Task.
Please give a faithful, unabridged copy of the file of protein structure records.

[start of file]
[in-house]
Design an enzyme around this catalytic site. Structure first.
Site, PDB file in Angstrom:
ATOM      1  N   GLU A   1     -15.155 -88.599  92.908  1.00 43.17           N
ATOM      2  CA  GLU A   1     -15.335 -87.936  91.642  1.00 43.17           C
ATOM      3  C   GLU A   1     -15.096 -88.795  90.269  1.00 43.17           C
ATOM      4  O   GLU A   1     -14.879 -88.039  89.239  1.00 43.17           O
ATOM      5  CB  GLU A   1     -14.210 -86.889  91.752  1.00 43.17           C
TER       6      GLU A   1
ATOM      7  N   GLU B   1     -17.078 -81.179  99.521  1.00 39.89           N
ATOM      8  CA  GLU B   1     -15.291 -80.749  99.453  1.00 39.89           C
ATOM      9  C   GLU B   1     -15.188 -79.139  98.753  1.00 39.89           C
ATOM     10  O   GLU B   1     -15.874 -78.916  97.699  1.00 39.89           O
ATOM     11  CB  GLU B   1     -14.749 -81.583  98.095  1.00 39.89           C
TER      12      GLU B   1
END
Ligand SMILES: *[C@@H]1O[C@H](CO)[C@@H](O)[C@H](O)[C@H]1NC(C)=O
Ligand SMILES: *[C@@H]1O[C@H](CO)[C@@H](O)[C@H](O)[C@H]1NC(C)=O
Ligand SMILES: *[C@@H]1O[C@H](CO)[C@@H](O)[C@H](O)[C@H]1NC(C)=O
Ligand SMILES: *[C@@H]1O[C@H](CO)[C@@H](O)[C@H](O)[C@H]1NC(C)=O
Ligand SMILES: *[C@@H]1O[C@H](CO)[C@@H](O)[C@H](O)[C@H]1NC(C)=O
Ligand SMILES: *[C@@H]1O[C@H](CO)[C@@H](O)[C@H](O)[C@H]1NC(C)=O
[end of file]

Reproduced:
[in-house]
Design an enzyme around this catalytic site. Structure first.
Site, PDB file in Angstrom:
ATOM      1  N   GLU A   1     -15.155 -88.599  92.908  1.00 43.17           N
ATOM      2  CA  GLU A   1     -15.335 -87.936  91.642  1.00 43.17           C
ATOM      3  C   GLU A   1     -15.096 -88.795  90.269  1.00 43.17           C
ATOM      4  O   GLU A   1     -14.879 -88.039  89.239  1.00 43.17           O
ATOM      5  CB  GLU A   1     -14.210 -86.889  91.752  1.00 43.17           C
TER       6      GLU A   1
ATOM      7  N   GLU B   1     -17.078 -81.179  99.521  1.00 39.89           N
ATOM      8  CA  GLU B   1     -15.291 -80.749  99.453  1.00 39.89           C
ATOM      9  C   GLU B   1     -15.188 -79.139  98.753  1.00 39.89           C
ATOM     10  O   GLU B   1     -15.874 -78.916  97.699  1.00 39.89           O
ATOM     11  CB  GLU B   1     -14.749 -81.583  98.095  1.00 39.89           C
TER      12      GLU B   1
END
Ligand SMILES: *[C@@H]1O[C@H](CO)[C@@H](O)[C@H](O)[C@H]1NC(C)=O
Ligand SMILES: *[C@@H]1O[C@H](CO)[C@@H](O)[C@H](O)[C@H]1NC(C)=O
Ligand SMILES: *[C@@H]1O[C@H](CO)[C@@H](O)[C@H](O)[C@H]1NC(C)=O
Ligand SMILES: *[C@@H]1O[C@H](CO)[C@@H](O)[C@H](O)[C@H]1NC(C)=O
Ligand SMILES: *[C@@H]1O[C@H](CO)[C@@H](O)[C@H](O)[C@H]1NC(C)=O
Ligand SMILES: *[C@@H]1O[C@H](CO)[C@@H](O)[C@H](O)[C@H]1NC(C)=O